High Court Rules Catholic Church Is Liable In Child Abuse Case

Decision 'Could Affect Many Abuse Victims'

08.11.2011

A landmark High Court decision has confirmed that the Catholic Church can be held liable for the actions of its priests, a ruling likely to affect a number of people bringing child abuse claims.

Mr Justice MacDuff announced the decision in relation to the case of a 47-year-old woman, who was allegedly assaulted by a priest of the Portsmouth Diocese at a Hampshire children’s home.

It was ruled that the Church was “vicariously liable” for the claims, while the Portsmouth Roman Catholic Diocesan Trust has been given leave to appeal on the issue. The decision is expected to have a wide impact in terms of other claims made against the Church.

Tracey Storey, Partner at Irwin Mitchell’s London office, specialises in providing support to victims of child abuse and helping them obtain redress for  the terrible experiences they have endured.
 
Commenting on the court’s ruling, she said: “Child abuse has an absolutely devastating impact on victims, often leaving them with physical and emotional scars from which they never fully recover.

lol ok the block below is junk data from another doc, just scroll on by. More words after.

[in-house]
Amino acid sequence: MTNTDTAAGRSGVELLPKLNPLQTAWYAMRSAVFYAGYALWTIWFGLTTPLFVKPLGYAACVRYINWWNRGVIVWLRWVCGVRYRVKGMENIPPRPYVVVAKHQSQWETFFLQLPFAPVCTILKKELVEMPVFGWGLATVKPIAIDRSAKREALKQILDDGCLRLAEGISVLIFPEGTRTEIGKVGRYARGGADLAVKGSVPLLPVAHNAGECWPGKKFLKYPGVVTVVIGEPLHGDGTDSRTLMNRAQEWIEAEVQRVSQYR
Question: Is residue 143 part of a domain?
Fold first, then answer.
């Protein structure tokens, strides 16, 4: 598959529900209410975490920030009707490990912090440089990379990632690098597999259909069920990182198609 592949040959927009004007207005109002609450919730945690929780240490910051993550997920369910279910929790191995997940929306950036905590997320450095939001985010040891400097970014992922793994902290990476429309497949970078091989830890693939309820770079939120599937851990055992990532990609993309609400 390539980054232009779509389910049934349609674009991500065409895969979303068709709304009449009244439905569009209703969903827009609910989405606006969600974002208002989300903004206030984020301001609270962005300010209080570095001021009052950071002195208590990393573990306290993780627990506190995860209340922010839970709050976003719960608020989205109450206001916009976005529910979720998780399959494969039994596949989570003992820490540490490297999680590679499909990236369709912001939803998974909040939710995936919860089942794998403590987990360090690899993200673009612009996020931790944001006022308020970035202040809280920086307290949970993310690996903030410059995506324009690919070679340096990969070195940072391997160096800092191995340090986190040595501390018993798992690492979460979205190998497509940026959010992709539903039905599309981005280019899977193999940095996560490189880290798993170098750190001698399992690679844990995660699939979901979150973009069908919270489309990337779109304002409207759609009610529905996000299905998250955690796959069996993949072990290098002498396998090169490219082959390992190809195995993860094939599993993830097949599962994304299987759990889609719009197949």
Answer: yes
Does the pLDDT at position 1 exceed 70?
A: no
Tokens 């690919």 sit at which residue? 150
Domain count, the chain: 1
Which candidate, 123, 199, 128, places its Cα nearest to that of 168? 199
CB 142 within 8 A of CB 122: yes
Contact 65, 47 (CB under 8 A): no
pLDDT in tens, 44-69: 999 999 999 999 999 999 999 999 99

“The High Court’s  decision on liability is a step towards clarification on how the Church and priests who have  abused children are held to account and is likely to affect a range of claims made in the future.

“We hope this ruling encourages victims of child abuse, who are often find it difficult to come forward and seek justice, to realise that there is hope that those who have abused them or failed to protect them will be held to account.

“In addition, we reiterate calls for the Catholic Church to continue its fight to tackle abuse and better safeguard children from any potential danger.”

Our child abuse solicitors are committed to pursuing cases to the best possible outcome, without causing any additional  psychological trauma to those affected. Call 0370 1500 100 to talk confidentially to someone about making a claim or visit our Abuse & Criminal Injury Claims page for more information.